As Cambodia celebrated World Ranger Day on July 31, a top environment official expressed relief and gratitude that no rangers were seriously injured or killed while on patrol or other duties protecting the Kingdom’s natural resources and guarding its sanctuaries and protected areas this year.
Ministry of Environment spokesman Neth Pheaktra told The Post on July 31 that World Ranger Day is observed in Cambodia each year to show appreciation and respect for all of the sacrifices made by park rangers and other officials working on environmental causes related to natural resources.
Pheaktra said Cambodia currently has 1,200 rangers guarding 76 protected areas, including wildlife sanctuaries, national parks, protected landscapes, Ramsar wetlands sites and biodiversity conservation with a total area of 7.3 million hectares.
“The heroism and dedication of the rangers is inspiring and their involvement – along with the government and the Cambodian people – is a crucially important part of preserving the Kingdom’s natural resources and biodiversity,” he said.
He noted that while in their uniforms, the men and women serving as rangers are guardians of the Kingdom’s forests and wildlife, but at home they are also parents, uncles, aunts and grandparents whose families will be involved in protecting natural resources and wildlife for generations to come due to the example the rangers are setting for everyone in their families and communities.
“The environment ministry would like to thank all of the park rangers and express our appreciation for their heroism and acknowledge the sacrifices they have endured both physically and mentally in order to find the strength to perform their duties responsibly and professionally,” he said.
Pheaktra said the ministry takes into account the rangers’ health and wellbeing in determining their scheduled duties and in choosing recruits who can handle the rigors of the job.
He said the ministry is also considering training and strengthening the rangers’ capacities to enhance their job performances and continue to develop both their technical skills and leadership abilities as they often work with local community members, along with upgrading or building various facilities in key locations so that the rangers have sufficient resources to patrol the conservation areas effectively.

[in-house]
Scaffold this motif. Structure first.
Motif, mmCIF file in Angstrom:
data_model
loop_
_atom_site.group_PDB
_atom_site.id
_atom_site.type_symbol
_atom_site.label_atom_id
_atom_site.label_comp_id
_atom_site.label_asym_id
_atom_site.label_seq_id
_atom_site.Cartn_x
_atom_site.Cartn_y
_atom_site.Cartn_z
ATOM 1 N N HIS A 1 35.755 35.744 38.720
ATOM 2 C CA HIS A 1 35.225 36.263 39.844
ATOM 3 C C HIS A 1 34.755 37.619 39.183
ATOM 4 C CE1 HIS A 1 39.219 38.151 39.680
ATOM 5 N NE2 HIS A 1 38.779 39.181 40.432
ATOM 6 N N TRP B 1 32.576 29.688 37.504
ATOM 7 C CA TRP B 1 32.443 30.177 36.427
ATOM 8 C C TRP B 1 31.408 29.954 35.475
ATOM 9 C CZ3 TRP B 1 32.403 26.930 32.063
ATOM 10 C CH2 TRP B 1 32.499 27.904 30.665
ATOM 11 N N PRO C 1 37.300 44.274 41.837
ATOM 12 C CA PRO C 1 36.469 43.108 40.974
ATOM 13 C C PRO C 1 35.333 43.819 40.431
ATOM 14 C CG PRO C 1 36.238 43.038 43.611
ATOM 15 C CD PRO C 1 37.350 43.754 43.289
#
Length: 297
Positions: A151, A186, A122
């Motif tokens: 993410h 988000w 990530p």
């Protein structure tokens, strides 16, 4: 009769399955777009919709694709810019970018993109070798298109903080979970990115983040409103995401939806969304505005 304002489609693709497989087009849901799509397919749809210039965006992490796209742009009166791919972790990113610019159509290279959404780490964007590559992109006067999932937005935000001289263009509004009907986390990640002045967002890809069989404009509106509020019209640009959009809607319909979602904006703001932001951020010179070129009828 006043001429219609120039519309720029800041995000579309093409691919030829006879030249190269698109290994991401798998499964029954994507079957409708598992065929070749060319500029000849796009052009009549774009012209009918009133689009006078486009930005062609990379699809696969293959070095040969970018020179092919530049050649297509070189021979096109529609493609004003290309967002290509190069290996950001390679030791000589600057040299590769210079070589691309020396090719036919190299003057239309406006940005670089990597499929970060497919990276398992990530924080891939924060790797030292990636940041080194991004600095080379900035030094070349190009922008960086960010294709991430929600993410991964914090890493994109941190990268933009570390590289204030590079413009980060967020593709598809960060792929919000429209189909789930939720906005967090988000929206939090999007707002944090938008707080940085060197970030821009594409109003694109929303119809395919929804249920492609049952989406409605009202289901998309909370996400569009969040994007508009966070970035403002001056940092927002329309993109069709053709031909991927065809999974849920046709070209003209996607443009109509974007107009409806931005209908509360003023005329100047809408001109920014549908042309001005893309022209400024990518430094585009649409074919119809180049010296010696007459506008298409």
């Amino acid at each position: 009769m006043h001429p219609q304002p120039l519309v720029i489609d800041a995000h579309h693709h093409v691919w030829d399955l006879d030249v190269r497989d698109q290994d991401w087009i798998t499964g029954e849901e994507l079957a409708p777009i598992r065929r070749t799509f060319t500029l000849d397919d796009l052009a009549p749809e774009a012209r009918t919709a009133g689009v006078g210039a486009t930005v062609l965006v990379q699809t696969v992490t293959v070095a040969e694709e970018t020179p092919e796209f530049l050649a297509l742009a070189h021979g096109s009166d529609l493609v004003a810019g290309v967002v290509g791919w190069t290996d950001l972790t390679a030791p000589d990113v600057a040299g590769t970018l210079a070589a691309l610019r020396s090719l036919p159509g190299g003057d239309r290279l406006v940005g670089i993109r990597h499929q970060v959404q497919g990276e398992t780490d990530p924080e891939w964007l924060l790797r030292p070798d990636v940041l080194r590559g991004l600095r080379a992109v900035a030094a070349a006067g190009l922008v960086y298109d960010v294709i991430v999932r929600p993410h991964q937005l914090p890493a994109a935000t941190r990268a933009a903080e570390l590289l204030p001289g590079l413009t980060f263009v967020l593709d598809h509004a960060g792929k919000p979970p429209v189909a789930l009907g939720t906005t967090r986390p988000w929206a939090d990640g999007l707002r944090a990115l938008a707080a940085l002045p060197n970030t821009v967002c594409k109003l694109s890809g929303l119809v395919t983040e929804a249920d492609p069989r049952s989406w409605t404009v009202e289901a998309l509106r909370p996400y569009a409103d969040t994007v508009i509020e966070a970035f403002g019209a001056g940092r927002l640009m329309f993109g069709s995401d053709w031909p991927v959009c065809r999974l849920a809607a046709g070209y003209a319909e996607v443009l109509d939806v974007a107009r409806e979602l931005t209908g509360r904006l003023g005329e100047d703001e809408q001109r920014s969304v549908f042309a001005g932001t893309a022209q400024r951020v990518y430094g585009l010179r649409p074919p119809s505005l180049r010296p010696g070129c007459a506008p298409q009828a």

The spokesman further noted that the ministry has also been focusing on increasing the salaries of the rangers as well as providing livestock such as goats, sheep and cattle, which is a sensible and sustainable way of improving the livelihoods and food security of the rangers working in remote and rural areas.
According to Pheaktra, there have been no rangers seriously injured while patrolling in conservation areas since the beginning of this year, though there were a few minor injuries from incidents such as traffic accidents.
Over the past nine years, he noted, there have been two rangers killed by gunmen while on duty and many others who were injured while on missions or who have been shot at, threatened or placed in mortal danger while defending Cambodia’s natural heritage.
In marking World Ranger Day on July 31 as it has done in previous years, the ministry organised a public event with press in attendance that highlighted some important messages about their missions with pictures, reports and music videos about the duties and lives of rangers who are protecting the environment and the Kingdom’s natural resources.
Seng Teak, country director of World Wide Fund for Nature Cambodia (WWF-Cambodia), said he has nothing but the deepest respect for rangers’ hard work and sacrifices.
“Our rangers and river guards work day and night to protect the forests, wildlife and fishing waters. They are protecting our rare species from the ravages of hunting, snaring, illegal fishing and other environmentally destructive practices, which wantonly destroy the natural world for selfish gain and put our rangers and river guards in danger regularly,” he said.
Chhin Phat Thavdy, one of the few female rangers working for the ministry and one of only three rangers total at the Prek Prasob Wildlife Sanctuary in Kratie province, said she was happy to work as a ranger because she was contributing to the protection and conservation of natural resources.
“Even though my job as a ranger patrolling in the deep forest means facing all kinds of hardships, my family and I are happy that I am able to fulfil this work. I’ve never thought it was too difficult, but I don’t believe in the concept of men’s work or women’s work.
“Jobs don’t have gender bias, they just have the work that must get done. Anything that a man can do – a woman can also do it if she commits herself to it – that is the most important thing,” she said.